[Inquiring minds want to know: how many American eighth graders can write legibly in a foreign language? And what exactly is “gross”? The 20-year-old woman’s body is “gross”? She looks okay in a linked-to Facebook profile (if you don’t mind the tall slender well-proportioned Northern European blonde look). Or the 49-year-old man’s body is “gross”? (If so, why was the 40-year-old mother sharing a bed with this “gross” body?)]

The other au pair host moms pile in with advice:

now going after him in the divorce with this as proof I would totally do. Send to your lawyer and start a file

Agree about divorce files

It’s got to be the saddest midlife crisis ever. Sleezy guys the world over fall for someone new… but look at how this girl writes. [maybe the non-native speaker would be able to spell “sleazy” correctly, though?] What kind of emotional connection could a middle aged man have with her? Can’t even have a mildly stimulating conversation over a glass of wine. She’s too stupid regardless of her age.

He’s a disgusting pig and she’s a horrible person. … I would inform future APs about his gross and inappropriate behavior.

[Nobody questions the inferiority of the 20-year-old’s emotions! But isn’t it more likely that older people are the ones with inferior emotions? Older people are more likely to be thinking about how to get the dishwasher or boiler fixed than about how to phrase a heartfelt poem.]

A (woke) male:

Taking as many of the ex-hubby’s assets along with being alone to think about how he ruined a great family situation for a fling is perhaps the start of just punishment.

[But the 49-year-old is apparently not alone, thus the dust-up.]

The females continue responding…

Take all of his money and don’t lose stamina!

… falling for the babysitter? It’s cliche and pathetic.

… No question. This is disgusting.

That’s double gross.

What a disgusting pig he is and what a poor excuse for a woman she is.

[But the 40-year-old previously tapped into this high-income guy, presumably using her youth to out-compete women who are now 49 and older. If the 20-year-old out-competing the 40-year-old is “disgusting” and “gross” why was it not gross for the 40-year-old to out-compete the 49-year-olds?]

A fellow mom thinking ahead:

She’ll get burned too bc this is all about him. Hopefully before she gets knocked up so [mama’s] kids don’t have to share their child support.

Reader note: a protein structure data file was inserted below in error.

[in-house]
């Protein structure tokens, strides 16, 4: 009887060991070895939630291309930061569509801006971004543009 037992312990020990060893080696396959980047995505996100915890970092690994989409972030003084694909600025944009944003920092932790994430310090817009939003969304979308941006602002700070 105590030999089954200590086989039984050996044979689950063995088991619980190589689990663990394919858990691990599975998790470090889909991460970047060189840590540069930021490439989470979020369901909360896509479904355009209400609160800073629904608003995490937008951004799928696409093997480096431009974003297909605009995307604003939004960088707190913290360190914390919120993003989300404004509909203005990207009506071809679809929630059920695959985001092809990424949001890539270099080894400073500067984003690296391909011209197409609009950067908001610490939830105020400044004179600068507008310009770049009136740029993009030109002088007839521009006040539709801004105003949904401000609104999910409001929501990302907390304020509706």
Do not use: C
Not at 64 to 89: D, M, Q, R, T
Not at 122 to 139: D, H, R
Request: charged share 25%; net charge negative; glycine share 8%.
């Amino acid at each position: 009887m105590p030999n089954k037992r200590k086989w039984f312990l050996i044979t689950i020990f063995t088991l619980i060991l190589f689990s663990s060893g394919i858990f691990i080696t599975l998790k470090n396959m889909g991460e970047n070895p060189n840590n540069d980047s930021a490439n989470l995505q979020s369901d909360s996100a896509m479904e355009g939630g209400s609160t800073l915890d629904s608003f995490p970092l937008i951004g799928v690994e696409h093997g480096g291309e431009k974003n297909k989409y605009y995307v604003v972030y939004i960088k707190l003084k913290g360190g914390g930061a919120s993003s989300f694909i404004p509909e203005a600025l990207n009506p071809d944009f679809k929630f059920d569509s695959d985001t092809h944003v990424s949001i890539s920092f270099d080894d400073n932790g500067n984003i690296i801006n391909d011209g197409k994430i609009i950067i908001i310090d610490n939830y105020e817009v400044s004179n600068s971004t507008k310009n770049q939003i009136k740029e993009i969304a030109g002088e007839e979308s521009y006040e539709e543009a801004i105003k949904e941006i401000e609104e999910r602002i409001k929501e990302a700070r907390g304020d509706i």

The above shows how little Americans understand about their own family law system. The mom concerned about child support revenue is correct that a European who has sex in the U.S. can cash checks over in Europe (see “Child Support Litigation without a Marriage”). But generally the first plaintiff to sue is invulnerable to attacks from successor plaintiffs, i.e., a court order in favor of a first plaintiff won’t be reduced because a second plaintiff comes along. New York has one of the simplest systems:

As with other states, children of the same parent will have different cash values depending on the sequence in which that parent has been sued for child support. The co-parent of the first child is entitled to 17 percent of the defendant’s income. The co-parent of the second child is entitled to only 17 percent of the remaining 83 percent. The co-parent of the third child is entitled to only 17 percent of the remaining 69 percent.

Linguistics:

Sorry you’re going through this, mama. A total nightmare for sure.

[The word “mama” becomes a title for one adult woman to address another by.]

Readers: Why the outrage over the au pair’s age? The folks in this discussion don’t seem to question the merits of a no-fault divorce system. The au pair was over the age of consent in every state. Either partner in a U.S. marriage is free to abandon the union if a preferred sex partner is identified and/or on payment of cash. Why does the situation become “gross” and “disgusting” and merit larger cash payments if a new partner happens to be 20 years old?

Related:

Full post, including comments